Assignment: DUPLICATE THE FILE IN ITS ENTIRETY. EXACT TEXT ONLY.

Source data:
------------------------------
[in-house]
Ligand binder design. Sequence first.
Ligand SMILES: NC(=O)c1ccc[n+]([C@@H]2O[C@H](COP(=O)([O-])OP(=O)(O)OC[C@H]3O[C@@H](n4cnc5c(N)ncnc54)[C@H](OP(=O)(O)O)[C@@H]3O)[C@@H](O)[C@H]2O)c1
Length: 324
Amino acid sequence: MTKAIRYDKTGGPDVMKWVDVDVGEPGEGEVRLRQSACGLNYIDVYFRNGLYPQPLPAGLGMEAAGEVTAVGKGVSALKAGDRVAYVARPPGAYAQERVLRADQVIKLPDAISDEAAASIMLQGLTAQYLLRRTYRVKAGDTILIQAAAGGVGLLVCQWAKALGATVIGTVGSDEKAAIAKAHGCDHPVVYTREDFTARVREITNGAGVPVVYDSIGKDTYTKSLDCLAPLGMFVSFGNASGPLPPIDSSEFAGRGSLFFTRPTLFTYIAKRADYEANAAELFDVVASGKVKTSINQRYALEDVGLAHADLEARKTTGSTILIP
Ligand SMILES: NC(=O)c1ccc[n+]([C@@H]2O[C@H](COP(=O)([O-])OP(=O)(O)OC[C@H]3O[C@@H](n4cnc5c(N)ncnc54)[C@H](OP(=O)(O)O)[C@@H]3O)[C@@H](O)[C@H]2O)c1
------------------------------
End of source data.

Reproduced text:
[in-house]
Ligand binder design. Sequence first.
Ligand SMILES: NC(=O)c1ccc[n+]([C@@H]2O[C@H](COP(=O)([O-])OP(=O)(O)OC[C@H]3O[C@@H](n4cnc5c(N)ncnc54)[C@H](OP(=O)(O)O)[C@@H]3O)[C@@H](O)[C@H]2O)c1
Length: 324
Amino acid sequence: MTKAIRYDKTGGPDVMKWVDVDVGEPGEGEVRLRQSACGLNYIDVYFRNGLYPQPLPAGLGMEAAGEVTAVGKGVSALKAGDRVAYVARPPGAYAQERVLRADQVIKLPDAISDEAAASIMLQGLTAQYLLRRTYRVKAGDTILIQAAAGGVGLLVCQWAKALGATVIGTVGSDEKAAIAKAHGCDHPVVYTREDFTARVREITNGAGVPVVYDSIGKDTYTKSLDCLAPLGMFVSFGNASGPLPPIDSSEFAGRGSLFFTRPTLFTYIAKRADYEANAAELFDVVASGKVKTSINQRYALEDVGLAHADLEARKTTGSTILIP
Ligand SMILES: NC(=O)c1ccc[n+]([C@@H]2O[C@H](COP(=O)([O-])OP(=O)(O)OC[C@H]3O[C@@H](n4cnc5c(N)ncnc54)[C@H](OP(=O)(O)O)[C@@H]3O)[C@@H](O)[C@H]2O)c1